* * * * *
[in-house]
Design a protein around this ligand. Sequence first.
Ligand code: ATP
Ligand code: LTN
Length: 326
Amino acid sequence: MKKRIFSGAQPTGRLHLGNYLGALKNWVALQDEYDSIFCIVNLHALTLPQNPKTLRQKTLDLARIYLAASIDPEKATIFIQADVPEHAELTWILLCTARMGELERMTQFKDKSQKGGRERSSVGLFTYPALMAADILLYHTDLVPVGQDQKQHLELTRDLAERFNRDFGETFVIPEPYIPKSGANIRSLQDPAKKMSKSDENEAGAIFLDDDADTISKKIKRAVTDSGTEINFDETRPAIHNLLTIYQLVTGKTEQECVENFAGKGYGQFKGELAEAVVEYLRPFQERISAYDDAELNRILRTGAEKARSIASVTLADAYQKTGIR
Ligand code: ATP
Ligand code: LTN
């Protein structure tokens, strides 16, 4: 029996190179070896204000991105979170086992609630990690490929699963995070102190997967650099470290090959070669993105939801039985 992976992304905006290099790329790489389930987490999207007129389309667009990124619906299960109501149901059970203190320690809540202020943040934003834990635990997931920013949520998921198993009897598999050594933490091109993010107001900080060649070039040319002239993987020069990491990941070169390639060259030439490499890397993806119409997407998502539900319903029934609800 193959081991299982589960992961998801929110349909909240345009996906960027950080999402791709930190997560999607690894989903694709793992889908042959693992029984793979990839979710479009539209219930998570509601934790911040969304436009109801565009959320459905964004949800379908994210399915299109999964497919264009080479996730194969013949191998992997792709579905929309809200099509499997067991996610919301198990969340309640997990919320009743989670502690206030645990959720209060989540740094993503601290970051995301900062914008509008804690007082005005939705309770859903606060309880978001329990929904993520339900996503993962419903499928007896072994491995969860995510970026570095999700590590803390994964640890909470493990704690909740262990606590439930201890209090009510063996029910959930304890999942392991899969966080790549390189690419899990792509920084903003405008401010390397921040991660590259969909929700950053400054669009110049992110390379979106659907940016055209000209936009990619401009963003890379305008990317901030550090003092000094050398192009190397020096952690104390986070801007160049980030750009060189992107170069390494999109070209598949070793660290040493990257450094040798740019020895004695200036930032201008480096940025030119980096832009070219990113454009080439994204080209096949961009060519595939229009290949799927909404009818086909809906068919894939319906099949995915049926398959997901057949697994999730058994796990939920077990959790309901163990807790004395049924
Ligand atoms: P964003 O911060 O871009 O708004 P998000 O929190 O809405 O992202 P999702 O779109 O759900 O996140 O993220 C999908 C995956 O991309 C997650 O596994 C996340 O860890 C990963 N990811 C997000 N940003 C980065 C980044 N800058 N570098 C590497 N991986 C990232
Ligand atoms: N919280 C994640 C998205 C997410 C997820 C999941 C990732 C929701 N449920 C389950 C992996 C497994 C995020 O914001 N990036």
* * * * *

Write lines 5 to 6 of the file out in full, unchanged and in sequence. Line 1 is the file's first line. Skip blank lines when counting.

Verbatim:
Length: 326
Amino acid sequence: MKKRIFSGAQPTGRLHLGNYLGALKNWVALQDEYDSIFCIVNLHALTLPQNPKTLRQKTLDLARIYLAASIDPEKATIFIQADVPEHAELTWILLCTARMGELERMTQFKDKSQKGGRERSSVGLFTYPALMAADILLYHTDLVPVGQDQKQHLELTRDLAERFNRDFGETFVIPEPYIPKSGANIRSLQDPAKKMSKSDENEAGAIFLDDDADTISKKIKRAVTDSGTEINFDETRPAIHNLLTIYQLVTGKTEQECVENFAGKGYGQFKGELAEAVVEYLRPFQERISAYDDAELNRILRTGAEKARSIASVTLADAYQKTGIR